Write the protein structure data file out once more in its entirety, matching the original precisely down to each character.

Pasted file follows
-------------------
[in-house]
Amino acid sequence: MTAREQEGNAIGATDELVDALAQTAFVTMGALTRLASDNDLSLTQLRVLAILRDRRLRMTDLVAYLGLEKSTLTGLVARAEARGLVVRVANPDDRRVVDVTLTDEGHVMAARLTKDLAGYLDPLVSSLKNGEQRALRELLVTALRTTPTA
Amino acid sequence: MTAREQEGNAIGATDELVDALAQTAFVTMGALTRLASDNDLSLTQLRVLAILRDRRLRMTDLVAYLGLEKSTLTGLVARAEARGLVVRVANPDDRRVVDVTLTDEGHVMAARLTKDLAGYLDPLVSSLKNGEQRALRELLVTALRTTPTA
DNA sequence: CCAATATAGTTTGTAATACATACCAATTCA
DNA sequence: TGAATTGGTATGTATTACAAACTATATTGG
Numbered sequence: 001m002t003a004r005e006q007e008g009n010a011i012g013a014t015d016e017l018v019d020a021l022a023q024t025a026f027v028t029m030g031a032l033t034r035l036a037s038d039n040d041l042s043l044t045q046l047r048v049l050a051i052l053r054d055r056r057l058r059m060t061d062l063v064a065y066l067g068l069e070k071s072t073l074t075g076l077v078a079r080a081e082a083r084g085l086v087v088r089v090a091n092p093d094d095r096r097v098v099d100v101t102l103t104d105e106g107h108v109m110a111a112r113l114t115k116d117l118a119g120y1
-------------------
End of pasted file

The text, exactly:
[in-house]
Amino acid sequence: MTAREQEGNAIGATDELVDALAQTAFVTMGALTRLASDNDLSLTQLRVLAILRDRRLRMTDLVAYLGLEKSTLTGLVARAEARGLVVRVANPDDRRVVDVTLTDEGHVMAARLTKDLAGYLDPLVSSLKNGEQRALRELLVTALRTTPTA
Amino acid sequence: MTAREQEGNAIGATDELVDALAQTAFVTMGALTRLASDNDLSLTQLRVLAILRDRRLRMTDLVAYLGLEKSTLTGLVARAEARGLVVRVANPDDRRVVDVTLTDEGHVMAARLTKDLAGYLDPLVSSLKNGEQRALRELLVTALRTTPTA
DNA sequence: CCAATATAGTTTGTAATACATACCAATTCA
DNA sequence: TGAATTGGTATGTATTACAAACTATATTGG
Numbered sequence: 001m002t003a004r005e006q007e008g009n010a011i012g013a014t015d016e017l018v019d020a021l022a023q024t025a026f027v028t029m030g031a032l033t034r035l036a037s038d039n040d041l042s043l044t045q046l047r048v049l050a051i052l053r054d055r056r057l058r059m060t061d062l063v064a065y066l067g068l069e070k071s072t073l074t075g076l077v078a079r080a081e082a083r084g085l086v087v088r089v090a091n092p093d094d095r096r097v098v099d100v101t102l103t104d105e106g107h108v109m110a111a112r113l114t115k116d117l118a119g120y1